Facebook Users Really 'Liked' Organ Donor Option: Study
State transplant registries saw massive influx of donors in a single day after social media giant tweaked profiles
TUESDAY, June 18, 2013 (HealthDay News) -- Adding an organ donation option to the average Facebook user's profile prompted a dramatic rise in potential donors, researchers report.
In the day after the initiative launched last year, there was a 21-fold increase in donor registrations across the United States, according to the study in the American Journal of Transplantation.
Transplant experts collaborated with Facebook to alter the "timeline" platform on the social media giant's site so that users could change their profile status to indicate "organ donor." When they did so, they were given a link to their state's official donor registry and their friends were sent a message about their new organ donor status, the researchers said.
"The short-term response was incredibly dramatic, unlike anything we had ever seen before in campaigns to increase the organ donation rate," study leader Dr. Andrew Cameron, an associate professor of surgery at the Johns Hopkins University School of Medicine, Baltimore, said in a university news release.
"At the end of two weeks, the number of new organ donors was still climbing at twice the normal rate," he added.
On the first day of the initiative, there were more than 13,000 new registrations nationwide -- 21 times the normal daily average of 616. Increases ranged from about seven-fold in Michigan to nearly 109-fold in Georgia.
Registration rates remained elevated in the following 12 days but began to drop off after that. However, by the end of the study period, rates were still double the normal ones.
"The bump we saw did diminish over weeks, implying that more work is needed to assure sustainability or 'virality' in this case," Cameron noted in a journal news release.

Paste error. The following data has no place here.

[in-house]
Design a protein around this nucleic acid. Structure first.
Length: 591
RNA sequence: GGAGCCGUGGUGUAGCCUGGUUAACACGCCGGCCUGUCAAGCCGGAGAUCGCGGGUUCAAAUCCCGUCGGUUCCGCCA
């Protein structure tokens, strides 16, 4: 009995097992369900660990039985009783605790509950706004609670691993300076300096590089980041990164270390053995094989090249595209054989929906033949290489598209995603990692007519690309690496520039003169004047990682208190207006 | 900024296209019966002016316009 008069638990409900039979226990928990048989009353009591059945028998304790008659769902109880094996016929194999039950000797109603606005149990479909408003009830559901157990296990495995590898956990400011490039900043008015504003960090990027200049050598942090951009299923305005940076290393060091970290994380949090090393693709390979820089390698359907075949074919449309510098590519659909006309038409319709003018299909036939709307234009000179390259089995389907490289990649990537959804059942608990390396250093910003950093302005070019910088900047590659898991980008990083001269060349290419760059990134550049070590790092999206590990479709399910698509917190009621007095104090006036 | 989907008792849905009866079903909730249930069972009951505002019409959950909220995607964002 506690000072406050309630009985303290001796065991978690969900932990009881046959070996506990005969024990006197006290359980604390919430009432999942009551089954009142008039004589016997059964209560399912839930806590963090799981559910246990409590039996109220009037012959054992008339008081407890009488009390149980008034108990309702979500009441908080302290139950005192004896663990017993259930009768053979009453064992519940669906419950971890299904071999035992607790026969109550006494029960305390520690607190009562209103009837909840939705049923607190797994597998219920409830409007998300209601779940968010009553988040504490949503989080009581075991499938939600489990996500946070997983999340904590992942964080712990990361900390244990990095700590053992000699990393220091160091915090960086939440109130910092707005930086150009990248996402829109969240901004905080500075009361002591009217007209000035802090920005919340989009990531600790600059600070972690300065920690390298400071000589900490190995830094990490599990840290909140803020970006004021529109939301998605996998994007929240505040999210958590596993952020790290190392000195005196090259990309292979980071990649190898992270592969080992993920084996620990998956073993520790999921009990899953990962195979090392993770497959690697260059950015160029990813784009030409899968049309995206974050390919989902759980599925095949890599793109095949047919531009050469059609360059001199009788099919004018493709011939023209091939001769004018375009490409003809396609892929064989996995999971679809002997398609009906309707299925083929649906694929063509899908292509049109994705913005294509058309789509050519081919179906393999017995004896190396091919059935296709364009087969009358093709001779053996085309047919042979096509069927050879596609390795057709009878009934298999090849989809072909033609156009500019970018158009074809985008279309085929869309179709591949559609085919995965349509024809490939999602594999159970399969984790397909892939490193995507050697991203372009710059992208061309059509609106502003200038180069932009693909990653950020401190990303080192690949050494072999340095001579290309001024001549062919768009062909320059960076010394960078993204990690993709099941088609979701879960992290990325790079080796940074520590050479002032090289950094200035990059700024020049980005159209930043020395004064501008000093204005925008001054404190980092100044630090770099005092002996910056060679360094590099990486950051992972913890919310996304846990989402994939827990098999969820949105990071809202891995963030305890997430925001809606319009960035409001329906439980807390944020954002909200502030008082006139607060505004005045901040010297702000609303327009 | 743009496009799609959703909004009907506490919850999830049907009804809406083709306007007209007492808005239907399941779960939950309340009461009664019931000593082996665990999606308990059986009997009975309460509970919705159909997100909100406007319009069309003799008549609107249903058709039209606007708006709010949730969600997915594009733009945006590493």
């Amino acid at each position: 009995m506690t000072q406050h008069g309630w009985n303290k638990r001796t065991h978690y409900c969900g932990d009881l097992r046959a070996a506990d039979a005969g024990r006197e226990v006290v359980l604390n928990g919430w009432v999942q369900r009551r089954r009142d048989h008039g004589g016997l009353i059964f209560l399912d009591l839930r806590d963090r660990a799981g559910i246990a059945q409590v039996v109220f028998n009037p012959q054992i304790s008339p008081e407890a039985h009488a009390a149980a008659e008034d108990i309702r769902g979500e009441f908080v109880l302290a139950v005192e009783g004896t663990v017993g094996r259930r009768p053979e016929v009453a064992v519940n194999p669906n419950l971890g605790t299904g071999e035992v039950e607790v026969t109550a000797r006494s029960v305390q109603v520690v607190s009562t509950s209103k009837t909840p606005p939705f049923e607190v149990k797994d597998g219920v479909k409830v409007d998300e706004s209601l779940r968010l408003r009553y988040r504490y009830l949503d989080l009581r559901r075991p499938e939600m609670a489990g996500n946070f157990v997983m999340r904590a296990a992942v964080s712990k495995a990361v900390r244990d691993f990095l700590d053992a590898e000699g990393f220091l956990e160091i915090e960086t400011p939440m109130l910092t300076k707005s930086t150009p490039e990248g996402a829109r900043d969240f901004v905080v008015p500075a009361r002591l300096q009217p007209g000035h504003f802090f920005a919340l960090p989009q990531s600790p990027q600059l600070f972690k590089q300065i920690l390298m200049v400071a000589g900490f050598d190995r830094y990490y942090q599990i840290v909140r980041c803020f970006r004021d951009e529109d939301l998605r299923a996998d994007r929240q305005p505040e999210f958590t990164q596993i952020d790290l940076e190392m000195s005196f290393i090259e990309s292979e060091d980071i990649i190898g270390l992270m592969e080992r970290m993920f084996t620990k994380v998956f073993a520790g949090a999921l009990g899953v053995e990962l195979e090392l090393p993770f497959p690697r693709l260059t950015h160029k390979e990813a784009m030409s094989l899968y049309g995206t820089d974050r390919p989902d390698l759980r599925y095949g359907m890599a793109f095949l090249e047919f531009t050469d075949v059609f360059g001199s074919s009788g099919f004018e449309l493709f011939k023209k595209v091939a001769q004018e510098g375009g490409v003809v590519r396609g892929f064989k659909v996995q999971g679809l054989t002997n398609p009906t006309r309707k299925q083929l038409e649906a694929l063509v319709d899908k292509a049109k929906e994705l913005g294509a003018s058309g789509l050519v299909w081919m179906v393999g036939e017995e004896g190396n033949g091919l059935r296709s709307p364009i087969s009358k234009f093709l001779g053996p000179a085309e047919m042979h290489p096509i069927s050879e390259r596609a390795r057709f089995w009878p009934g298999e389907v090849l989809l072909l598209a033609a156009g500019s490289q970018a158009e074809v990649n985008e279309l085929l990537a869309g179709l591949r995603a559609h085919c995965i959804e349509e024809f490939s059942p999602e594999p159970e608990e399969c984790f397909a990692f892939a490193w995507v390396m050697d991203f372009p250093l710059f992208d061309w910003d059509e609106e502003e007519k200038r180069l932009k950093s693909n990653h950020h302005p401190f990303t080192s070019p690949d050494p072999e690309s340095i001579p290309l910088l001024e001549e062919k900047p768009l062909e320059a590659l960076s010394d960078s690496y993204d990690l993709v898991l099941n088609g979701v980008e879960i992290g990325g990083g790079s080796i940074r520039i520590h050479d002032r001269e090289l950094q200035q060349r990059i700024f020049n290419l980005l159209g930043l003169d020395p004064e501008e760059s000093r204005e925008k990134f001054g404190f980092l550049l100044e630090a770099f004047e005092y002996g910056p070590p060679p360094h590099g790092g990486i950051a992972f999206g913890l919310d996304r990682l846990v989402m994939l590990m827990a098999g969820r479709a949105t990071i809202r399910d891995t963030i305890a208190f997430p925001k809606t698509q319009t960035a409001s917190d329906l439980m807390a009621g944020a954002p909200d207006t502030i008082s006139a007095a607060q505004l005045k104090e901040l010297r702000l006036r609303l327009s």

According to background information from Hopkins, more than 118,000 Americans are currently on waiting lists for donor organs. The situation has gotten worse, not better: over the past two decades, donor numbers have been stagnant, while the need for donated organs has risen 10-fold. Each year, up to 10,000 people die with viable organs for transplant that cannot be used because the deceased did not give his or her consent.
Cameron, a transplant surgeon, said he got the idea for a Facebook link-up after discussing the issue with a fellow Harvard University classmate at their 20th college reunion in 2011. That former classmate happened to be current Facebook chief operating officer Sheryl Sandberg.
The initiative began May 1, 2012, and on that day more than 57,000 Facebook users updated their profiles to share their organ donor status with others.
"This was the first [online] effort like this designed to mobilize people for a public health cause," Cameron said. "Now we want to build on that. Studying the response to the organ donor effort is the next step in the process of using social media for social good."
The long-term significance of this effort will be known only when the use of social media and social networks is examined in terms of its impact on the nation's organ supply, he added.
The U.S. Department of Health and Human Services has more about organ donation (http://www.organdonor.gov/index.html ).
SOURCE: news releases, June 18, 2013, Johns Hopkins University, American Journal of Transplantation